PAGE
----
I think it would be good to be able to choose which aspects of the base geocoding database were included in the custom database - simply to keep packaged workbook size down.
4) Different analysis may require different custom geocoding. Unless I'm missing something, there's currently no easy way of setting up different custom geocode databases to be used by different workbooks (i.e. it needs a bit of manual shuffling of files in the repository or repeated removal and rebuilding of custom geocode databases).
5) Different users have very different needs for various sets of geocoding data, as shown by all the responses to Dan's questions on one of those other threads. Lots of those needs are standard, well defined boundaries, but even then, very often highly localised. I may want to visualise the Local Authority Territorial Boundaries for New Zealand - but if I add those (if and when custom geocoding supports shapes) I won't want to have to carry around a copy of all the US zip code boundaries in my workbooks. The same can just as well apply to individual states in the US, or counties in England, or whatever. To do detailed analysis of New York, you don't want to have to have that same level of detail for all the other states.
Other needs are very customer specific and would never be added as part of the product.
6) Currently, support is somewhat US-centric (understandably).
7) Different users have different timeliness requirements for getting updates.
It seems to me that all of the above could be made a lot simpler with a couple of changes to the way that geocoding data is distributed and managed.
1) Decouple the distribution of at least some of the more detailed geocoding data from the main Tableau installation. Probably the Tableau release will have to continue to include everything it does now, or maybe even that could be cut back a bit. But for the more detailed data being considered, I think it would be good to deliver that as a set of optional "geocoding extension packs" (or somesuch).
2) Define a standard, open, format for such extension packs, so that people can build their own - very much like custom geocoding works now, but with the addition of shape data. Possibly that would also allow geo-spatial suppliers to offer specialist data sets directly, in Tableau "extension pack" format.
I suspect there might be a trade-off between reduced hassle and loss of control there. ;-)
3) Allow the option to select what to include or exclude in a custom geocoding database. I'm sort of imagining a treeview control which lets you explore the geocoding hierarchies, selecting what to include.
4) Allow multiple custom geocoding databases to be defined at the same time, so that different analyses with different needs can co-exist.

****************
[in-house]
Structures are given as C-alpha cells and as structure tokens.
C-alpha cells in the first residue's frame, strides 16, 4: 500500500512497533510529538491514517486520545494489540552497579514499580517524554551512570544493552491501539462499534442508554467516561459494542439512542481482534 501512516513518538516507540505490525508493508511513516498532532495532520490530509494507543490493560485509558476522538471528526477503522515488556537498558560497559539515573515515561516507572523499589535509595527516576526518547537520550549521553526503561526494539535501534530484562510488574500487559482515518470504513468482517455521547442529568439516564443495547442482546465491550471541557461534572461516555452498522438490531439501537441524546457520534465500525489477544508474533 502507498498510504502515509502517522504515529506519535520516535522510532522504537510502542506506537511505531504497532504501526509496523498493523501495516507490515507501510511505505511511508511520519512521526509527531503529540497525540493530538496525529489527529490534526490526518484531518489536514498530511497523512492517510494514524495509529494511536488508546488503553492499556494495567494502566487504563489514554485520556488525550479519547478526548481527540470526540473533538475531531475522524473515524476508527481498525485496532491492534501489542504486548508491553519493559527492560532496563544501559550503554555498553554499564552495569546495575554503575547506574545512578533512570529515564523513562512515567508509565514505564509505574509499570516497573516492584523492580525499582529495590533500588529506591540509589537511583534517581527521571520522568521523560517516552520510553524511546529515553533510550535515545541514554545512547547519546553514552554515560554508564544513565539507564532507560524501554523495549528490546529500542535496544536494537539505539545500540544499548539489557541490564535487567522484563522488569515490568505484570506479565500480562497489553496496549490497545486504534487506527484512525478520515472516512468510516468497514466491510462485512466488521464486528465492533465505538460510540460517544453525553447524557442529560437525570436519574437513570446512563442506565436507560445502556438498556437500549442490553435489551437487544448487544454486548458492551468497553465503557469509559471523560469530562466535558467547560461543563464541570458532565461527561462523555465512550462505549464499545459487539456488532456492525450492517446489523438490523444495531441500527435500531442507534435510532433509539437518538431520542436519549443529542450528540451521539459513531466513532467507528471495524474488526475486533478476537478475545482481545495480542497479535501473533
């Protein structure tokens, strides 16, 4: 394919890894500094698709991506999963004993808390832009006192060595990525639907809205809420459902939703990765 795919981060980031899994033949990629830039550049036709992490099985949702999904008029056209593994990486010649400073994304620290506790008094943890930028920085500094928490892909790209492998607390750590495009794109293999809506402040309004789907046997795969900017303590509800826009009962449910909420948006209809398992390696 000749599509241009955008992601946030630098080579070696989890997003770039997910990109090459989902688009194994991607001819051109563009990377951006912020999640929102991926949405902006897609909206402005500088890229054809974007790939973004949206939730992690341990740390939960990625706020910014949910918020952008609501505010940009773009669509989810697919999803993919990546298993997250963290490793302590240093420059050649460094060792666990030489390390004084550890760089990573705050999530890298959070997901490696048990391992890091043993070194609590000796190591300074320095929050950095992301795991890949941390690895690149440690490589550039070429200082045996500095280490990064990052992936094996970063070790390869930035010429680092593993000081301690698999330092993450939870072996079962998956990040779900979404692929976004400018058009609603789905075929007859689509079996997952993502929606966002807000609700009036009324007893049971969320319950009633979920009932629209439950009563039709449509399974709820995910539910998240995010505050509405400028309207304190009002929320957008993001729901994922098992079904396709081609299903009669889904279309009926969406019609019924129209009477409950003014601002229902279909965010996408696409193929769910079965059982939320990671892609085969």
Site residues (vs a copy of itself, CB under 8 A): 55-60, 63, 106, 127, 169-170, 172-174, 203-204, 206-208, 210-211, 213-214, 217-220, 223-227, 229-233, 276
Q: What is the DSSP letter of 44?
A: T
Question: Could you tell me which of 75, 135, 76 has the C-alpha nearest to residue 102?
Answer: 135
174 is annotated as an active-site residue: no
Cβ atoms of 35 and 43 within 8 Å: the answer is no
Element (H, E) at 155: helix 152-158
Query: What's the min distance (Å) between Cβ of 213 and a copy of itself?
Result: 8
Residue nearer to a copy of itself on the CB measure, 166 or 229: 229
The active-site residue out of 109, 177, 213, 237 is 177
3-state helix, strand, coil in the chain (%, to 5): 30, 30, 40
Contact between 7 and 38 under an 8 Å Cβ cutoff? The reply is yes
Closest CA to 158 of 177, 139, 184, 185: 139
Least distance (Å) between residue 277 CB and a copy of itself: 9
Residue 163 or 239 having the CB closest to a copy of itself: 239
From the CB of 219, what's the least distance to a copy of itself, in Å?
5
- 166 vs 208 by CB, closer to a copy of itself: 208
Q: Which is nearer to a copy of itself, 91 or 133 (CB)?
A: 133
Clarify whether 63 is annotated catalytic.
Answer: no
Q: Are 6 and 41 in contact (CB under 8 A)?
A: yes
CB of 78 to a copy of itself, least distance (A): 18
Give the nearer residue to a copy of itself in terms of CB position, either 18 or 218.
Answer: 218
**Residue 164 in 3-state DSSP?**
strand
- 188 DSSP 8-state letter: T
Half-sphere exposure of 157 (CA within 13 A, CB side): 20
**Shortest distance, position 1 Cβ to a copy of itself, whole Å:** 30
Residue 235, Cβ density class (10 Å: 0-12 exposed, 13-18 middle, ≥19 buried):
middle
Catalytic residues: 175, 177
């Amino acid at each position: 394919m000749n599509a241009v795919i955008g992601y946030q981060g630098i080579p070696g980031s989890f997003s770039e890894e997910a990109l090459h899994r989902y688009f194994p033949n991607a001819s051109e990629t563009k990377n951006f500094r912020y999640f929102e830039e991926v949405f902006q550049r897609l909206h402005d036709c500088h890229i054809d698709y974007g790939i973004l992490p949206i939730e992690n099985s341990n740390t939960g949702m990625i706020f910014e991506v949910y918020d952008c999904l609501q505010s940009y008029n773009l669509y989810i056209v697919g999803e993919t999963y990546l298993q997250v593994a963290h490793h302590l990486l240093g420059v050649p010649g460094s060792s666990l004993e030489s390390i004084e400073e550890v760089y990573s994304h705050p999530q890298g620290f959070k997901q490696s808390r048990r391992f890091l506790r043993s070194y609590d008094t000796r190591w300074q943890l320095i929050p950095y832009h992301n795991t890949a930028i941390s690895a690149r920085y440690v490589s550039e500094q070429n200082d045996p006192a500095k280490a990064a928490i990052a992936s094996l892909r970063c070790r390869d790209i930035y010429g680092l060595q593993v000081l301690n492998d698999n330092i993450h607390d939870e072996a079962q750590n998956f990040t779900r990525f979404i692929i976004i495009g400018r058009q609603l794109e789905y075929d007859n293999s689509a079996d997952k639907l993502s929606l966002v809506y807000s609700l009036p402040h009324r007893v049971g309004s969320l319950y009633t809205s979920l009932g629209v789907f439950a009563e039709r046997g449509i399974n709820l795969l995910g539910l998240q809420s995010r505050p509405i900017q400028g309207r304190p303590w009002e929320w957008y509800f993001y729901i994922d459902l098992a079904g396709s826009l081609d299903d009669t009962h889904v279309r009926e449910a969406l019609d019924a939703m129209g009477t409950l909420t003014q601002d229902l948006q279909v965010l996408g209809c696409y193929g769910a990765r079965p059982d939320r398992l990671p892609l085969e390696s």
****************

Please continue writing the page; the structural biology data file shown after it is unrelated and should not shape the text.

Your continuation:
This is really all about how the data is grouped and managed - particularly management of change. I'm sure the basic geocoding functionality is all there and already completely extensible (at least until there gets to be too much detail to render quickly enough). In fact I bet with a bit of judicious under-the-covers hacking everything I've talked about could already be done - though of course not supported, so I'm not suggesting it.
Obviously there are a whole load of trade-offs here, and I'm sure that most or all of these issues, plus probably lots of others I've not thought of are already in the mix in the thinking about how to extend coverage. But I just thought I'd share what I'd been thinking about and see what others think.
Dan I for one am extremely glad you are committed to zip codes, no matter what the update schedule is, and no matter how "bloated" the packaged workbooks get. We will use this feature a lot!
I am not suggesting it be eliminated just well throught out, as Richard suggests. I am really intrigued by the "extension pack" idea. Nice.
Thanks for your exhaustive analysis. We've had very similar discussions among the Tableau team.
If you use data blending instead of custom geocoding, then many of the issues don't apply. It can do many of the same things, although currently not everything custom geocoding can do. I suspect whatever solution Tableau may have some day in the future will look a lot more like data blending than custom geocoding.
The other issue that concerns us is that we would end up with a bunch of users that can't open each others workbooks because they all have different extension packs. We don't want to create that complexity if it isn't necessary.
For now we'll continue to provide all the map data to everyone.
Yes, I thought about the extra complexity of missing extension packs when sharing workbooks - I meant to mention that. I can certainly see you want to avoid any extra complexity like that if you can.
I hadn't thought about the data blending approach. I can't immediately see how you will be able to allow extensibility of filled maps with a blending approach - or at least not unless you expose a geometry data type. Am I missing anything?
Anyway, I was sure you'd have been thinking hard about all the angles on this - and will watch this space with interest in future releases.